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August 24, 1935


JAMA. 1935;105(8):586. doi:10.1001/jama.1935.92760340002009b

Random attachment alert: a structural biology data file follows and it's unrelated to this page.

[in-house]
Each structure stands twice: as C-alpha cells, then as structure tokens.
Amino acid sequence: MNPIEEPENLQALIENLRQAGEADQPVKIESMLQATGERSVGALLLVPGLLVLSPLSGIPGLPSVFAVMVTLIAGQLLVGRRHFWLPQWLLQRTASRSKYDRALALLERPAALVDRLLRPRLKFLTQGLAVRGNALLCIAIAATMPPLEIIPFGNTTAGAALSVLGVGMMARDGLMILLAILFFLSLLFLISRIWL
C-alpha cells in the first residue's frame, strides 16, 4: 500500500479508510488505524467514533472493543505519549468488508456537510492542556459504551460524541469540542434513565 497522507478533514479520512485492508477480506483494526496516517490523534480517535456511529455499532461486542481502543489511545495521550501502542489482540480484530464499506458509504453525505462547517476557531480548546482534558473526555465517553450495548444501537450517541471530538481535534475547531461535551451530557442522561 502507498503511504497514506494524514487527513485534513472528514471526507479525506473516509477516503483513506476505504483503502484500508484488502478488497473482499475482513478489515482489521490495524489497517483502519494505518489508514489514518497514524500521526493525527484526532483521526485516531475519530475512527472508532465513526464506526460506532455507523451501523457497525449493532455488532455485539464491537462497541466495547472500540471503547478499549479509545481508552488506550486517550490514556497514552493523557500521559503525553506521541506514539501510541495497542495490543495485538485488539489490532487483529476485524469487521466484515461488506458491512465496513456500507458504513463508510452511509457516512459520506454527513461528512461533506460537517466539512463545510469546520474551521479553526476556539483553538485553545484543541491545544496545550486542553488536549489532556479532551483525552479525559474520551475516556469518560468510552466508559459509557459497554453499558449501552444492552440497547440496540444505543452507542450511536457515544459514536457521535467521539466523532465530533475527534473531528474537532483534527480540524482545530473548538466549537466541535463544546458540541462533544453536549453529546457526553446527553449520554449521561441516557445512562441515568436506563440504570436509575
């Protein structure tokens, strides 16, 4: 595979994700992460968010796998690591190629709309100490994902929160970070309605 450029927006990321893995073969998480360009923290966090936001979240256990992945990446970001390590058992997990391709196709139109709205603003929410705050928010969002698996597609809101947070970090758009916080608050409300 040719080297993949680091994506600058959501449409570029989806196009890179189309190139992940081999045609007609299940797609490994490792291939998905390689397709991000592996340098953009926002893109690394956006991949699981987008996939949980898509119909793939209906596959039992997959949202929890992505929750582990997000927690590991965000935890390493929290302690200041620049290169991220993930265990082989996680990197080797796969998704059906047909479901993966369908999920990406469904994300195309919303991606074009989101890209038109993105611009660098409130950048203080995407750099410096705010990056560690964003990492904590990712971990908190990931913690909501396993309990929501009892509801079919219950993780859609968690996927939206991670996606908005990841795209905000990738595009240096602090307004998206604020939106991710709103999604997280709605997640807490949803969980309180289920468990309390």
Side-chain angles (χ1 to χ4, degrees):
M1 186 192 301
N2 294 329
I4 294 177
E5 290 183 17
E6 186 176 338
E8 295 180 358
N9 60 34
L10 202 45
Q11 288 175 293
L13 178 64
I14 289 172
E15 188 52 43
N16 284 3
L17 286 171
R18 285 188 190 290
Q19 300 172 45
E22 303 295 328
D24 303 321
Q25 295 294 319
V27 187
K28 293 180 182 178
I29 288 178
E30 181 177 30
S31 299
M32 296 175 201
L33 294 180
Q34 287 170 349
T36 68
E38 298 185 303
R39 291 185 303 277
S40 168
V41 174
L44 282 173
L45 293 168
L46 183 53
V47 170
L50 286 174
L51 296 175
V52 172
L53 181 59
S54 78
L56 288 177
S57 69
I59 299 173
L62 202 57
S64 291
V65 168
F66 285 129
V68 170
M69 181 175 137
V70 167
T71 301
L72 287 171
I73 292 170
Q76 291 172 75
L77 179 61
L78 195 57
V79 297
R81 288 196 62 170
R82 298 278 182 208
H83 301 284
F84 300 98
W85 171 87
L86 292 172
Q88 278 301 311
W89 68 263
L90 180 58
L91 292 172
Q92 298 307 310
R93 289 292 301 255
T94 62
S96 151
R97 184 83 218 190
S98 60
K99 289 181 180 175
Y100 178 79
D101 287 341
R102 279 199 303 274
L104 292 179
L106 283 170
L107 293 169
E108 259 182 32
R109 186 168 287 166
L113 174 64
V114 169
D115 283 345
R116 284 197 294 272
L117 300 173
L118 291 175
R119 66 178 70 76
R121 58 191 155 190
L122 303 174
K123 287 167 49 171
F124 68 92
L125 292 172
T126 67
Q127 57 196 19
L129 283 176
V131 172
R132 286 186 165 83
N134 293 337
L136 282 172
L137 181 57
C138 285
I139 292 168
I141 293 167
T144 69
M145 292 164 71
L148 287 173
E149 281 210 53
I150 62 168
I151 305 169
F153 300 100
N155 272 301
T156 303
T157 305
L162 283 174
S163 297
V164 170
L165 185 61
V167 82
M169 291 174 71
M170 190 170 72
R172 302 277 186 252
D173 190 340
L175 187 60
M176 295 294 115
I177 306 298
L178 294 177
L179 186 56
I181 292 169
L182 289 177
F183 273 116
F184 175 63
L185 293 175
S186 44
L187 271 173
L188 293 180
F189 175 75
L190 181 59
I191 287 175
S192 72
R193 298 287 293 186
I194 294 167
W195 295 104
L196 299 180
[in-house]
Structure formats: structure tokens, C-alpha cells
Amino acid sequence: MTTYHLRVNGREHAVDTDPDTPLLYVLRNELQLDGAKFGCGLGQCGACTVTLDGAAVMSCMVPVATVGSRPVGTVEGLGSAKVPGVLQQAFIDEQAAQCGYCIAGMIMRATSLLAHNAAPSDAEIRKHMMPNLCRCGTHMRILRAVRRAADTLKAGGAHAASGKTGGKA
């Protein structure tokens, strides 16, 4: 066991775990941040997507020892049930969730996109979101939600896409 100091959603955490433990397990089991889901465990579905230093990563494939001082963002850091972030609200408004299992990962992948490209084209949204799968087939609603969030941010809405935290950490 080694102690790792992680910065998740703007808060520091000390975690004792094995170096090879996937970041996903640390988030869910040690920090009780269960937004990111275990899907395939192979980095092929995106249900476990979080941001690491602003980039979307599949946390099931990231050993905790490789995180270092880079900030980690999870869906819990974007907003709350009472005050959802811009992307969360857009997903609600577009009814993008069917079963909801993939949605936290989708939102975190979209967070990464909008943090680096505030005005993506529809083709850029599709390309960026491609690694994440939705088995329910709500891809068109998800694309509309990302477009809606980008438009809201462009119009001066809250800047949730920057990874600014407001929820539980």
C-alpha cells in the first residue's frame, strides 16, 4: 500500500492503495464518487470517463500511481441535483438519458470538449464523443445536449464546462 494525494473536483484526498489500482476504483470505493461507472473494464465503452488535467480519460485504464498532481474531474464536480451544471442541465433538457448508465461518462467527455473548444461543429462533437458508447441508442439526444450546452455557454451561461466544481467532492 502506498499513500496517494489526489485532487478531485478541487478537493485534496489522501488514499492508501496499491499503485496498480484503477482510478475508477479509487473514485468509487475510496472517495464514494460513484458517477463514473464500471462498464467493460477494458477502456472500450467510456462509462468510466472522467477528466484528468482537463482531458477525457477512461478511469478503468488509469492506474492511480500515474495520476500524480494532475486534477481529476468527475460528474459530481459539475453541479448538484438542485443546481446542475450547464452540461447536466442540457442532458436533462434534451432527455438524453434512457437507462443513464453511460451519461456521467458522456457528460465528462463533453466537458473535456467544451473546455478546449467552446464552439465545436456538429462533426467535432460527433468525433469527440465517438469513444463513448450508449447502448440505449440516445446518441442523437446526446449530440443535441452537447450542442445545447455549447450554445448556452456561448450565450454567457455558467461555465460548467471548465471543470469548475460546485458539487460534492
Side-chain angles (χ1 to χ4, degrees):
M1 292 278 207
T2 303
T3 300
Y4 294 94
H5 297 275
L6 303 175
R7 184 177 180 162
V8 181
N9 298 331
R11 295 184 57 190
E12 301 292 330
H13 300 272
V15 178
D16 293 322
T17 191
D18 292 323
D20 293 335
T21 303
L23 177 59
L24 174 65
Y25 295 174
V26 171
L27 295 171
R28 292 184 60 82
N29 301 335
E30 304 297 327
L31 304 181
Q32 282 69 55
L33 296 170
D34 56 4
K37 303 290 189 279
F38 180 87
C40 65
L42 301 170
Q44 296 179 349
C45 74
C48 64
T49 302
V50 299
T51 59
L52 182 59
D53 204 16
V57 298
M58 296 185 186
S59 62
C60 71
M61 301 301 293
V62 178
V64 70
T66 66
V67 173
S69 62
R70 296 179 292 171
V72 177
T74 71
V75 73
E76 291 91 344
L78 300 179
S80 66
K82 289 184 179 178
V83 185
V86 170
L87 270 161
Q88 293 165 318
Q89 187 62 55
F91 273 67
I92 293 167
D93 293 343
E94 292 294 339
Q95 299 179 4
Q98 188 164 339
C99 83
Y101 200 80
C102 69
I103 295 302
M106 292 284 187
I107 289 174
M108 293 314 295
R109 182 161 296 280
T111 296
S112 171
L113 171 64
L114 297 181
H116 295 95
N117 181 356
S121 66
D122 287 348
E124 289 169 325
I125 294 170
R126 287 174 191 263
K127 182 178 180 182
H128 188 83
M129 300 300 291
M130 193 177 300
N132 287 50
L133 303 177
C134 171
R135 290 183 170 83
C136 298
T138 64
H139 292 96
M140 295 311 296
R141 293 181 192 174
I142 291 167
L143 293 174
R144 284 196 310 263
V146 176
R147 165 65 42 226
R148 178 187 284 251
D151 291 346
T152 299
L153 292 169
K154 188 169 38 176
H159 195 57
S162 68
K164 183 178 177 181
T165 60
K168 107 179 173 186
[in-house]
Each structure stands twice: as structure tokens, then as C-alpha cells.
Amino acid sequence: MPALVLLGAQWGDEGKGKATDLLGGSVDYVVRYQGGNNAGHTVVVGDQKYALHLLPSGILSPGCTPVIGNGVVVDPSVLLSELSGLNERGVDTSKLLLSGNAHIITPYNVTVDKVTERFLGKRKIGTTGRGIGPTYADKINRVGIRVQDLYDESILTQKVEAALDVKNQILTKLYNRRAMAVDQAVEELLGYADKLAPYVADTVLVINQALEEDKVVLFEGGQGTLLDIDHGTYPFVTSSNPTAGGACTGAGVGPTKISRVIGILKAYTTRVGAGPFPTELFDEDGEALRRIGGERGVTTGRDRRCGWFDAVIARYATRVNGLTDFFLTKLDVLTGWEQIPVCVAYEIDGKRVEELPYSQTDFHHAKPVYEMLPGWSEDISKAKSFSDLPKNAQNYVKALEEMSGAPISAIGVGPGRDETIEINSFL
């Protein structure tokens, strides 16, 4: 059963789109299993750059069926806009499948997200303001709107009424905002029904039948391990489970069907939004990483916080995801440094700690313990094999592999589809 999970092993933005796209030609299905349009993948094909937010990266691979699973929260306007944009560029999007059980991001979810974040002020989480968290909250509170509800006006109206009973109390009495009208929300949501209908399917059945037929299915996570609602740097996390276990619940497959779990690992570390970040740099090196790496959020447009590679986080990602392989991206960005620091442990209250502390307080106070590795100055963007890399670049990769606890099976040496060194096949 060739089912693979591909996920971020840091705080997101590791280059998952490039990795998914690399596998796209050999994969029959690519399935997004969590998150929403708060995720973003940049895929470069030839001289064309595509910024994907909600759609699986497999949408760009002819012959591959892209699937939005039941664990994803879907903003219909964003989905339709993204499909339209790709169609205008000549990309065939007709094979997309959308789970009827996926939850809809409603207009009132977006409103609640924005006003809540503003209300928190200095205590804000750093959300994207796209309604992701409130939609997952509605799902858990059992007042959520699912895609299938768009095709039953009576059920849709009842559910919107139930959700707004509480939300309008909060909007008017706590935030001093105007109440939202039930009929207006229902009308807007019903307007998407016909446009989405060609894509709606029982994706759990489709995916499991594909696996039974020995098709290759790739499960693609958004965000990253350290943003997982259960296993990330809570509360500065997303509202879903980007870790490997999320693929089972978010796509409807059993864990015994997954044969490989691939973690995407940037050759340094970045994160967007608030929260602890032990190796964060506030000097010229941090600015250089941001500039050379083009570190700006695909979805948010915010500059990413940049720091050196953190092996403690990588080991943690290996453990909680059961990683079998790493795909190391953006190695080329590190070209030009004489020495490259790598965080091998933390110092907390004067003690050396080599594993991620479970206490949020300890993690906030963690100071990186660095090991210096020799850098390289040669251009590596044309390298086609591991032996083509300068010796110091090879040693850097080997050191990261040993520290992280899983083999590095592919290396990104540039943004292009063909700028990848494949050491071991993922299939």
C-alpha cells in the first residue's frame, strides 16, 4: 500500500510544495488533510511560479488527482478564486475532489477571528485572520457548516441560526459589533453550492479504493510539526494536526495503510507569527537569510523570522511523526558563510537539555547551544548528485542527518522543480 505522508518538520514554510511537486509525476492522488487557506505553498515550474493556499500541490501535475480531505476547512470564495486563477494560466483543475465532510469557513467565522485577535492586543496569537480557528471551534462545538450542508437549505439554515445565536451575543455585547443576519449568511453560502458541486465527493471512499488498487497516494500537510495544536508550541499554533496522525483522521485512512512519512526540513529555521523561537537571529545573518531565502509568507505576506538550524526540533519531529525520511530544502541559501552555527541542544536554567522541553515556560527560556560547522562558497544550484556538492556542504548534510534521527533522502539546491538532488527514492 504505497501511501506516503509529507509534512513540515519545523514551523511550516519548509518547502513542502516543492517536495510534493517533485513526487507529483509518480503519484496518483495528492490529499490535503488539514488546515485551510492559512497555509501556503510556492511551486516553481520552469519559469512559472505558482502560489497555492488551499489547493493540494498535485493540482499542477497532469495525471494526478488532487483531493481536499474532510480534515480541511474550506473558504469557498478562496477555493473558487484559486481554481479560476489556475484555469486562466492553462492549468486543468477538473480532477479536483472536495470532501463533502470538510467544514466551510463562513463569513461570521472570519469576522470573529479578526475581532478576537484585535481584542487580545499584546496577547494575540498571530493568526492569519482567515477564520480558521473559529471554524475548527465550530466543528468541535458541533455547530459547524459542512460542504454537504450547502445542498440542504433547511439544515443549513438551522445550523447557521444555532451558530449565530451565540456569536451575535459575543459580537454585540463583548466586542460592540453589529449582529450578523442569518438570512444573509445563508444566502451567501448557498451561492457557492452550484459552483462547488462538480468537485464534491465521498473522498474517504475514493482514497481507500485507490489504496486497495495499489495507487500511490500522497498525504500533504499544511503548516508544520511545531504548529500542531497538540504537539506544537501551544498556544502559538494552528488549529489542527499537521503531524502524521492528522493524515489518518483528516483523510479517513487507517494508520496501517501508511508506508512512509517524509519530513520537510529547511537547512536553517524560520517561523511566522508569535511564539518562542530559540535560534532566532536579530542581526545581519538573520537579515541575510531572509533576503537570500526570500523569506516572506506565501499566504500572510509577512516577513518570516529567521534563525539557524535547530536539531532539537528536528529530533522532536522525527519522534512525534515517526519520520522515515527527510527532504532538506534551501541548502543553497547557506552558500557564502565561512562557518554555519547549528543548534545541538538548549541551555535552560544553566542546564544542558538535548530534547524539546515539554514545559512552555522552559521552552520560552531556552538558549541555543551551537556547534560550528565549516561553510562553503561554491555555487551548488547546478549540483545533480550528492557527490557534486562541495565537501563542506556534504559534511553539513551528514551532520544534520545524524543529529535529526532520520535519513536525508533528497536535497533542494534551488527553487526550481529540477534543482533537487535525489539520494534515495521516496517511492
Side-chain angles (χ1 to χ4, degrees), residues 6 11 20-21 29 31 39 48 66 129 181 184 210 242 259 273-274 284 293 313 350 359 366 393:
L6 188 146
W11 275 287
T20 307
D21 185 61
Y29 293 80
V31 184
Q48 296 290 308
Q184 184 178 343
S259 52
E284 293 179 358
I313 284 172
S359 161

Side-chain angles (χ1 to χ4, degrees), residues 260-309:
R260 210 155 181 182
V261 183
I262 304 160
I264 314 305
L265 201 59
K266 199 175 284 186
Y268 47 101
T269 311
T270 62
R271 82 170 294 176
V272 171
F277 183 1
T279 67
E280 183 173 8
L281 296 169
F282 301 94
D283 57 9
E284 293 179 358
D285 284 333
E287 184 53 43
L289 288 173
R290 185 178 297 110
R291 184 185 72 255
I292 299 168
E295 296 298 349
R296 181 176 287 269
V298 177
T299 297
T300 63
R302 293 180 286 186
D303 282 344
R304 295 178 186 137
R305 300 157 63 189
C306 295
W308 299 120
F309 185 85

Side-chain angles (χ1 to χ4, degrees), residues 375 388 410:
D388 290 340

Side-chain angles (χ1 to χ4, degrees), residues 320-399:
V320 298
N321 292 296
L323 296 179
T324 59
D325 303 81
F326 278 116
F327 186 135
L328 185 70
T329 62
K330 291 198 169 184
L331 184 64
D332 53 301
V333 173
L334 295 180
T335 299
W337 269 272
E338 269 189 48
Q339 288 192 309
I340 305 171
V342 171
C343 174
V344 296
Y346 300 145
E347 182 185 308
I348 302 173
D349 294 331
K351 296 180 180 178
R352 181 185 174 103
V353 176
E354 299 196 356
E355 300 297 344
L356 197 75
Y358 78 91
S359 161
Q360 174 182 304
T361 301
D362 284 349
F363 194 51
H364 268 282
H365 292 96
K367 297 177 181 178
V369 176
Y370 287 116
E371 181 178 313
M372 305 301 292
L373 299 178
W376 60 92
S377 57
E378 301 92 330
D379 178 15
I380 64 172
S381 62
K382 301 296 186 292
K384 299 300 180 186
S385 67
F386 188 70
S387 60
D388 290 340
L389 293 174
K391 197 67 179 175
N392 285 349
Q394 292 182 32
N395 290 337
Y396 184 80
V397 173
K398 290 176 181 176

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Every physician who makes a practice of including a retinal study in the general physical examination of his patient has probably, like myself, been troubled by the necessity of converting the patient's room into a dark room for a satisfactory study of the eyegrounds. In order to overcome this difficulty it occurred to me that I could convert my ophthalmoscope into a miniature dark room. This was accomplished, as shown in the illustration, by attaching an aluminum eyecup to both sides of the revolving lens system of the instrument. The inside of the cups was painted with a dull finish black paint, which absorbs the side reflections from the wheat grain bulb, so that there is less reflected light to dazzle the eye of both the patient and the examiner. Furthermore, extraneous light is cut off when the eyecups are applied to the eyes of both the examiner and the patient.

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